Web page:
A little while ago, my hon. Friend the Member for Neath (Mr. D. J. Williams) in a very persuasive speech, spoke of the academic economists in certain universities attacking the expenditure of capital equipment in the Development Areas. I have no objection to economists doing that, because their work is seldom read by people other than economists, who usually disagree with all they have said, but when the Press, and not merely the penny Press but the twopenny and threepenny Press, like the "Manchester Guardian" and "The Times" sees fit to devote editorials to attacking the Government's Development Area policy, I think it is time something was said in this House. On 8th December, the "Manchester Guardian" wrote in this way:
For 18 months, the policy of building new factories in what used to be called the Depressed Areas to guard against a return of heavy unemployment, has been doing more harm than good.
I think that would sound very harsh upon the ears of many thousands of people in Durham, South Wales, Scotland and Cumberland who in the past have known serious unemployment, and I do not think that it can go unchallenged.
Then, again, it is said that much of this money was used to set up in the Development Areas certain light industries of such a kind as the manufacture of electric fires. That may be so in isolated cases, but, really, the Development Area policy has been to bring a light and diversified economy into the Development Areas, and many of these projects have a direct contribution to make to the export trade and a direct contribution to make to the health of our basic industries. It is quite clear that, on economic grounds alone, the Government is right to pursue this policy in the Development Areas.
There we have the sole remaining substantial source of possible labour, and it is not fair to expect these people at this time to be forced to move from their homes to take up employment elsewhere. The limiting factor there is, of course, housing. We cannot move people from Durham into Birmingham or other places unless we can provide houses for them, and I am really surprised that the "Manchester Guardian" takes this line when it says:
To get the essential jobs done in time, we must move the workers to them.
In view of the attitude of the Liberal Party in the Debate on the control of Engagement Order, I wonder if the "Manchester Guardian" now favours large-scale direction of labour in a much more brutal form than could ever be contemplated by this Government.
I would like to say that there are certain things that must be done immediately if we are to get the fullest benefit from this Development Area policy. It is still a fact that 39 per cent. of the total of wholly unemployed males in the country are to be found in the Development Areas, and 50 per cent. of all those who have been unemployed for over six months are in these areas. As regards the women, it is even worse. Fifty-seven per cent. of the wholly unemployed, and 77 per cent. of those unemployed for six months and over, are in these areas, whereas there is relatively little long-term unemployment elsewhere. Firstly, we should have a campaign to finish those factories not yet completed. That may mean that more building labour should be diverted to those schemes, but, in both the short and longterm view, that will pay this country.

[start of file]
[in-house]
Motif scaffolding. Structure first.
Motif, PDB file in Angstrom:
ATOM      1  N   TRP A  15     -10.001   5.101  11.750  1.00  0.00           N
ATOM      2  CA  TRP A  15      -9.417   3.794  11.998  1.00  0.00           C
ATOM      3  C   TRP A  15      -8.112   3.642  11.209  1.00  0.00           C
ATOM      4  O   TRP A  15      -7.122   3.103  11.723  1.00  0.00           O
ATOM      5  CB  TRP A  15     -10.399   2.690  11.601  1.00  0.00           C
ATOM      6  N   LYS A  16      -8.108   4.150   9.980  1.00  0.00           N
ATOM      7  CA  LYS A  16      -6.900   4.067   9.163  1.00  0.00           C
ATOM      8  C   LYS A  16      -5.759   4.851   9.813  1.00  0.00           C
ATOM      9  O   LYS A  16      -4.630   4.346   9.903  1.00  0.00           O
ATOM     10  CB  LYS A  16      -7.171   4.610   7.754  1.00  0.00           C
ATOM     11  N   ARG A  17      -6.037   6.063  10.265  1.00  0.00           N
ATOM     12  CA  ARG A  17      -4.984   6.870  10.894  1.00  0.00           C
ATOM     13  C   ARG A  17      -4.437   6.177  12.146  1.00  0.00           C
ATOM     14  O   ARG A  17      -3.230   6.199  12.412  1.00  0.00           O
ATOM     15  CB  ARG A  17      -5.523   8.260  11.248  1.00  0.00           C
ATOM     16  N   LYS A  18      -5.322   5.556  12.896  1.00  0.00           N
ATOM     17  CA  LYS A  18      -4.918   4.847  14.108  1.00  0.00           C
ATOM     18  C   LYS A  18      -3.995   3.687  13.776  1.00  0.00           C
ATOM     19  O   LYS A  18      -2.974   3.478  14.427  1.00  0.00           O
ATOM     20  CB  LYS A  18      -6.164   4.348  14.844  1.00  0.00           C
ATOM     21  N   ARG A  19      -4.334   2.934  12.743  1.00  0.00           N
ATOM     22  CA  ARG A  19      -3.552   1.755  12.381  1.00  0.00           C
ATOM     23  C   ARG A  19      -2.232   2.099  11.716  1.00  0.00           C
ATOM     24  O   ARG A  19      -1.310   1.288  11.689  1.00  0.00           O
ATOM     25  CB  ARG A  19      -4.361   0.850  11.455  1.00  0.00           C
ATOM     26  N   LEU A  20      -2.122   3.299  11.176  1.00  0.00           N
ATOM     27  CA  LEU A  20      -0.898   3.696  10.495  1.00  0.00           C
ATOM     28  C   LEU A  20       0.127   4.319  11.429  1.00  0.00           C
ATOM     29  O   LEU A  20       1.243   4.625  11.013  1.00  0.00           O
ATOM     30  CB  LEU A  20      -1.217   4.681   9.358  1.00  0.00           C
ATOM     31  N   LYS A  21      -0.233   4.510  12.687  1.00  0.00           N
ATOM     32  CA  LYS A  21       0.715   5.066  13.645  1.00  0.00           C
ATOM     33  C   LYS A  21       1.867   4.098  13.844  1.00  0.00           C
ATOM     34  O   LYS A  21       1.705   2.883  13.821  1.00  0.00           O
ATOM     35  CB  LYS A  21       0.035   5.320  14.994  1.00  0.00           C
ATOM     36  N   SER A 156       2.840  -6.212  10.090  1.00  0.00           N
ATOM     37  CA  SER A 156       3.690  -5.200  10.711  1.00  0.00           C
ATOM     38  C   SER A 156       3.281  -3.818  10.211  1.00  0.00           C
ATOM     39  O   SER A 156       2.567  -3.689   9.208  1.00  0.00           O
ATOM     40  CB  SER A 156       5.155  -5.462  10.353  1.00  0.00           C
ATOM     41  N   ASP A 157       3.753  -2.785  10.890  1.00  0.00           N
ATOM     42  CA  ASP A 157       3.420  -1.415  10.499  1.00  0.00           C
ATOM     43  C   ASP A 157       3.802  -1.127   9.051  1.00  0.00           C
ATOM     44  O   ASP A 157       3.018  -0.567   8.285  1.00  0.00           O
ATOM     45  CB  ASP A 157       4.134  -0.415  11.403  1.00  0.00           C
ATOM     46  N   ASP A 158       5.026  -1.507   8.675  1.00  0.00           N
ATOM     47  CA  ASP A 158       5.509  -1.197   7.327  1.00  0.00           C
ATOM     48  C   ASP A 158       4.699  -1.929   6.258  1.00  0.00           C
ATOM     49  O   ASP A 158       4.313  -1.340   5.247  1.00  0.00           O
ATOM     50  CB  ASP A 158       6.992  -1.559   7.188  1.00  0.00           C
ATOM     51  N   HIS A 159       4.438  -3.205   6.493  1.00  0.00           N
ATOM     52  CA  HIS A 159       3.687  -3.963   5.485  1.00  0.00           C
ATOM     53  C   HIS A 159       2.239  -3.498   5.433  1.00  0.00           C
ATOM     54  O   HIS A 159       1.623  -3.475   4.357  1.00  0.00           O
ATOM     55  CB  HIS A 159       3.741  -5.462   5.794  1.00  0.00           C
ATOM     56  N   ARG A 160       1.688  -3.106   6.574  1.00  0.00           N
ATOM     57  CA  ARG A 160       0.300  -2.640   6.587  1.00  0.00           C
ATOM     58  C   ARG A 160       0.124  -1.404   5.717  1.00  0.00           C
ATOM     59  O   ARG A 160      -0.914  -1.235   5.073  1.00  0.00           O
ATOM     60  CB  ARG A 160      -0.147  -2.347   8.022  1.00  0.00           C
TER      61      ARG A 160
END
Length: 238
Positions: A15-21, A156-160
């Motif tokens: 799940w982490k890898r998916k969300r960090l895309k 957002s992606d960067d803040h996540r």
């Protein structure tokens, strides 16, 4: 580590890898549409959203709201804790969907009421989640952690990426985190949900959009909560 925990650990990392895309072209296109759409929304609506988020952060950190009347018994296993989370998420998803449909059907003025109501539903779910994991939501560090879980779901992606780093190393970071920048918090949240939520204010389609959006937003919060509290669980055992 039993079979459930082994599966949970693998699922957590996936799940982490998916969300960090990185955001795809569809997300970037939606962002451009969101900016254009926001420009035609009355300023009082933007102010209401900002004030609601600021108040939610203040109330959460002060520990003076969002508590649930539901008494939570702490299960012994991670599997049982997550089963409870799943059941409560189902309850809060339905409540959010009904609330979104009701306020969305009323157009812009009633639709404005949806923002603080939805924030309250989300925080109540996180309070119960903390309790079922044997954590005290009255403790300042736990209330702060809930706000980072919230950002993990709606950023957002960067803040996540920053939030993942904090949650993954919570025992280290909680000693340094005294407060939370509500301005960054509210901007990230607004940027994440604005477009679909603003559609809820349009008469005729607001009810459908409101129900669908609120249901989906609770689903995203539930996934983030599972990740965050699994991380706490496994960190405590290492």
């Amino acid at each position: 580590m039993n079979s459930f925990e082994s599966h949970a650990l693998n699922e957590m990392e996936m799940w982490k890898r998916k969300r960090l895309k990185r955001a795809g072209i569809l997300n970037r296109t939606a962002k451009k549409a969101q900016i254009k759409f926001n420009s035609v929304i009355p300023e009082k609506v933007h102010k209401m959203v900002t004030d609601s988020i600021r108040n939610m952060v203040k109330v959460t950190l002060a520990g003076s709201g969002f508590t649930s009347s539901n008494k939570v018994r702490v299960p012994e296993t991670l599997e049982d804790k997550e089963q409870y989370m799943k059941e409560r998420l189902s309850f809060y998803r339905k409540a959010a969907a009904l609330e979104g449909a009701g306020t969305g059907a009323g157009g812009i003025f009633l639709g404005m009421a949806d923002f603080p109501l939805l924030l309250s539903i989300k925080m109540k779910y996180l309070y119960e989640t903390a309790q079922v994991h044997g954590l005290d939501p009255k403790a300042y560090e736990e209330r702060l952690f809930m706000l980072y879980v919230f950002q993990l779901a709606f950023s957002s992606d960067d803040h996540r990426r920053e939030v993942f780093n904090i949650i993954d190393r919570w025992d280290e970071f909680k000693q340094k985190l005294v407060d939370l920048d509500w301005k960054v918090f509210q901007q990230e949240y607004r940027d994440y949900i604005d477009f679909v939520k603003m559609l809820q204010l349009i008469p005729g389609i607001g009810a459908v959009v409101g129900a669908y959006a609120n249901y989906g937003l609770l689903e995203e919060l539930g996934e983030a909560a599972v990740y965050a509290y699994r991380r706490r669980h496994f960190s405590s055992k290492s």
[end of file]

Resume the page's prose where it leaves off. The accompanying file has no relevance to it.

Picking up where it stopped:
Secondly, there must be a greater selection from the many potential tenants. Now that we have various firms competing for factory space, it should be more possible for the Board of Trade to select those firms which can make the greatest contribution to our export needs. Then we must make certain that the guarantee given on page 12 of the White Paper, paragraph 20 (4)—
Within the reduced volume of factory buildings, preferential treatment will continue to be accorded to the Development Areas"—
is not just a paper priority. We have the promise of all possible priorities of raw materials to the firms in Development Areas. It is our hope that this
promise given in the White Paper will be translated into action.
There was some argument at the beginning of this Debate as to whether we should talk success or pessimism in the country. I believe we have much of which we can be proud. Many successful things are taking place in this country today, and it is only right that we should take every opportunity to stress this. There is no need for all this gloom and despondency, because, after all, the success of this Government, and our plan, to conquer this economic crisis will, in the end, depend upon the individual workman—whether he has his tail up or whether he has it down. It is our job, as responsible Members of this party, and of this House, to see that we do everything we possibly can to encourage the success of the workers in this country. There is a tremendous amount of enthusiasm in the country, in spite of what is said in America about this being a dying nation. One has only to go to football matches and greyhound races to find it. [HON. MEMBERS: "Hear, hear."] Oh, yes, there is, but we have to make it our job to canalise this enthusiasm behind the Government.
We can do it by making one Minister responsible for what I would call the coordination of voluntary labour. The recent success of the turn-round of wagons, is just one indication of what can be done. We can unload wagons, clear up bombed sites, work in the fields, help in the Christmas deliveries and, best of all, we can help with the collection of scrap. I would like to see this scrap iron collection taken out of the hands of the barrow boys, and the junk boys, and made a voluntary effort in every part of the country. There could be scrap depots and people could be encouraged to collect scrap and dump it at weekends at these depots. By canalising all this enthusiasm I am convinced that in the next six decisive months, which will decide the fate not only of this Government but of the country, the actions of this Government will pull us through.